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Limit entertainment screen time to no more than one or two hours per day

Entertainment screen time: Know the health risks

When you’re not in school or doing homework, how much time do you spend watching TV or YouTube videos, playing video games, texting with friends, or browsing social media? This is what we call entertainment screen time. While some screen time can be balanced with other activities — like sleep, outdoor play, exercise, and family meal time — too much is not good for you. Check out some reasons why in the slides below.

Strategies to turn off electronic media

In a world of instant downloads, technology, and touchscreens, it’s important to find a balance. Screens are everywhere, but it is possible to step away. When you set screen-time limits, you know you’ll have enough time to get outside, spend time with friends and loved ones in person, and get enough sleep — activities that will help you feel happy and healthy. It’s especially good to have a screen-time plan during weekends, holidays, and school vacations when you have more free time.

Make a daily or weekly screen time schedule.

Plan when you will allow yourself entertainment screen time. Maybe it’s 60 minutes after school, or only on certain days. Some families choose to limit TV to weekends when it doesn’t interfere with homework or getting to bed on time. Keep within the recommended limit of no more than one or two hours per day. Many phones, tablets, and gaming systems have ways to track and limit screen time, so take advantage of those tools.

Set a timer to limit how much time you spend in front of a screen.

Once the timer goes off, get up and do something else: learn, play, create!

Plan a non-food reward for powering down electronic devices.

Give yourself something to look forward to when you disconnect. For example, after playing a video game for up to 30 minutes, you could meet up with a friend to do a Boston Children’s fit kit Step Challenge.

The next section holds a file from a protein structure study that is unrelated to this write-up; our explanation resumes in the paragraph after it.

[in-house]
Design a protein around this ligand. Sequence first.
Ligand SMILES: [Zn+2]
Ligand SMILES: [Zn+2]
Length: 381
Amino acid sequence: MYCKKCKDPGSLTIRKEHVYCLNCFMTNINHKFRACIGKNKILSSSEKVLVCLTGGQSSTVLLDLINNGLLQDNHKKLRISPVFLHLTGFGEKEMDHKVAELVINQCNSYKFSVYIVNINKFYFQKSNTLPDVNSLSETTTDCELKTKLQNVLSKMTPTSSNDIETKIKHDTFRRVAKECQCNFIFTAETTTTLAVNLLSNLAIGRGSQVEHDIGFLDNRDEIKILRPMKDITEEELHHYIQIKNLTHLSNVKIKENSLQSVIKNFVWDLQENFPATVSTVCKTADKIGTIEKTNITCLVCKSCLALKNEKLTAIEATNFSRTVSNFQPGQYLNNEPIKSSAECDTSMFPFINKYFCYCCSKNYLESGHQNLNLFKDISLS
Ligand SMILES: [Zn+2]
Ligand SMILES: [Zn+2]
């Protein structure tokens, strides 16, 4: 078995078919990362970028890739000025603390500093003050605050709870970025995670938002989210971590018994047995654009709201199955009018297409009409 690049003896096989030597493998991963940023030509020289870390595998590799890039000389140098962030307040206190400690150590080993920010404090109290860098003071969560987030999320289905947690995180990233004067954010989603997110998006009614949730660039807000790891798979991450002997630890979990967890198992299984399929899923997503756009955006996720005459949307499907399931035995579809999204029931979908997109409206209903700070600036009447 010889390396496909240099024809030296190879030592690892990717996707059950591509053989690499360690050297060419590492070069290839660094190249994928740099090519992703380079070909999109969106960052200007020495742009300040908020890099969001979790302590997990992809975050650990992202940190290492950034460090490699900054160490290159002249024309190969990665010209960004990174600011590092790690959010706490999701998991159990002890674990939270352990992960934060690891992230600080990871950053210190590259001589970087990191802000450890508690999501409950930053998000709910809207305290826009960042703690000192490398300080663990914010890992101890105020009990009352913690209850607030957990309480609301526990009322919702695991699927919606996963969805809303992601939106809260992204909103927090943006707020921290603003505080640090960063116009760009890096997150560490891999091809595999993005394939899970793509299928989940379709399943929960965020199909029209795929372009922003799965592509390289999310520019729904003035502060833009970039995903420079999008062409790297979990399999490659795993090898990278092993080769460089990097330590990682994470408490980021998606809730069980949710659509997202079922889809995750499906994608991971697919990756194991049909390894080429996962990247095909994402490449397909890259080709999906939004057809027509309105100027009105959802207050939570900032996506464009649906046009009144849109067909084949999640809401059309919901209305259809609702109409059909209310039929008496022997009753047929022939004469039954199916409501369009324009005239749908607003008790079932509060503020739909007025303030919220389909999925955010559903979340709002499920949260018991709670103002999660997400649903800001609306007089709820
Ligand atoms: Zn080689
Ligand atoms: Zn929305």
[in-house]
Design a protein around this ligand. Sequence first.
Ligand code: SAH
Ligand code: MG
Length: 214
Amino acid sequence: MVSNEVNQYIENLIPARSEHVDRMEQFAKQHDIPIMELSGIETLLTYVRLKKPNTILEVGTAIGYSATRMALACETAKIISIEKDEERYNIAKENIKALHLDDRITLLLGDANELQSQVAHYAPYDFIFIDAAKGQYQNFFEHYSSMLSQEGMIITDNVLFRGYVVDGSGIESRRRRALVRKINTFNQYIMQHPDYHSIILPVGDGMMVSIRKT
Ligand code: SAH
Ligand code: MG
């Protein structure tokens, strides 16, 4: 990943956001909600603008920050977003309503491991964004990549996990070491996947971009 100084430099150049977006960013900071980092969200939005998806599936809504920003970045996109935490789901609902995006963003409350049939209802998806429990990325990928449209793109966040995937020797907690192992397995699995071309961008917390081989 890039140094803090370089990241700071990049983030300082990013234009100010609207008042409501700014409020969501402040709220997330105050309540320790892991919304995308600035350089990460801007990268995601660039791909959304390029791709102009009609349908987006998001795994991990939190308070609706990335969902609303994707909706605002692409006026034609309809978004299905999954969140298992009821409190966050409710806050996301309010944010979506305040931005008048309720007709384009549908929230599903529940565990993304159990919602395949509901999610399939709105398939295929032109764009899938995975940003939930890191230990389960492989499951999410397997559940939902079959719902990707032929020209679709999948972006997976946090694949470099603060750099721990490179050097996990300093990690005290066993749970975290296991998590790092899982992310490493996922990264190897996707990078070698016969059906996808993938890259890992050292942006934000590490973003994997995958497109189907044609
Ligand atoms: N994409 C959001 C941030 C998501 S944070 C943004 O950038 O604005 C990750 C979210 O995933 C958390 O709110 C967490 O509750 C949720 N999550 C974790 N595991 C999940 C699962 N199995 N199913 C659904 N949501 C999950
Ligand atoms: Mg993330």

Sign up for a sports league, dance or exercise class, or hiking club.

It is easier to step away from the screen when you have to be somewhere at a certain time.

Write a list of screen-free activities.

Think of creative projects, local adventures, or games you’ve been wanting to do or never tried. Keep this list in a visible place — maybe next to the TV. You will be more likely to do something else if you have thought of options ahead of time.

Turn commercial breaks into active breaks.

Do quick bursts of high-intensity exercises like jumping jacks, push-ups, high knees, or squats. These require no equipment and you may be able to do them in the same room as your TV.

Be aware.

If you find yourself staring blankly at the TV or screen, ask yourself how long you’ve been there. You may be surprised at how much time slipped away. Time to go find other things you enjoy! To increase awareness, do an experiment where you track your screen time to see how long you’re spending plugged in. Use the My Sedentary Time Tracker for the experiment.

Put your phone where you can’t see it.

Stash your phone in a drawer, backpack, or another room where it is hidden from sight for set periods of time. Then you won’t be so tempted to use it.

Make meal times screen-free.

Encourage your family to shut off the TV and not allow text messaging or browsing social media while you’re eating.

Involve your family.

Challenge each other to delete certain apps you tend to use a lot, or set specific screen-free hours, or even screen-free days. Have a competition to see who can go the longest without checking their phone.

Come up with your own turn off plan to limit entertainment screen time. Download the worksheet

People who use trackers are more likely to limit sitting-around and entertainment screen time. Try it! Download the tracker